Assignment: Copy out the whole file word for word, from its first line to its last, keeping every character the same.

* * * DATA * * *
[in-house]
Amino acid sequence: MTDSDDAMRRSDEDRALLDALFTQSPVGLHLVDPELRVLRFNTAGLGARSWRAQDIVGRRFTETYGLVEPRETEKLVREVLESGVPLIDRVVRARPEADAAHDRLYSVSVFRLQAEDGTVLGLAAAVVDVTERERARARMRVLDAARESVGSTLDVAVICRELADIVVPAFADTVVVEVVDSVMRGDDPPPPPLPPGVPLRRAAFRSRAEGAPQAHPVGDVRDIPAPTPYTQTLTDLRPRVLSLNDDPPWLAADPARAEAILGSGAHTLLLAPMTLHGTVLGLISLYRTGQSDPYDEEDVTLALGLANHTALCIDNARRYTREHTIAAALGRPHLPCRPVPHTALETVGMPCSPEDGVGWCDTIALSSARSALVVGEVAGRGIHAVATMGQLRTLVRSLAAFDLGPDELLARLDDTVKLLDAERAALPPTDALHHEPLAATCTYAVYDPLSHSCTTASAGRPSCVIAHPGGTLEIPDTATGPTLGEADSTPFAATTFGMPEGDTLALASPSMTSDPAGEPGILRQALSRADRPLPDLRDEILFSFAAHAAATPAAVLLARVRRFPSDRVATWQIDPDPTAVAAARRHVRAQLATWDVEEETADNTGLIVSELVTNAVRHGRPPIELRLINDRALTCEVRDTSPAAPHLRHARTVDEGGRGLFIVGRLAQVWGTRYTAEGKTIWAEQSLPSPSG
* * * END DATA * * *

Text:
[in-house]
Amino acid sequence: MTDSDDAMRRSDEDRALLDALFTQSPVGLHLVDPELRVLRFNTAGLGARSWRAQDIVGRRFTETYGLVEPRETEKLVREVLESGVPLIDRVVRARPEADAAHDRLYSVSVFRLQAEDGTVLGLAAAVVDVTERERARARMRVLDAARESVGSTLDVAVICRELADIVVPAFADTVVVEVVDSVMRGDDPPPPPLPPGVPLRRAAFRSRAEGAPQAHPVGDVRDIPAPTPYTQTLTDLRPRVLSLNDDPPWLAADPARAEAILGSGAHTLLLAPMTLHGTVLGLISLYRTGQSDPYDEEDVTLALGLANHTALCIDNARRYTREHTIAAALGRPHLPCRPVPHTALETVGMPCSPEDGVGWCDTIALSSARSALVVGEVAGRGIHAVATMGQLRTLVRSLAAFDLGPDELLARLDDTVKLLDAERAALPPTDALHHEPLAATCTYAVYDPLSHSCTTASAGRPSCVIAHPGGTLEIPDTATGPTLGEADSTPFAATTFGMPEGDTLALASPSMTSDPAGEPGILRQALSRADRPLPDLRDEILFSFAAHAAATPAAVLLARVRRFPSDRVATWQIDPDPTAVAAARRHVRAQLATWDVEEETADNTGLIVSELVTNAVRHGRPPIELRLINDRALTCEVRDTSPAAPHLRHARTVDEGGRGLFIVGRLAQVWGTRYTAEGKTIWAEQSLPSPSG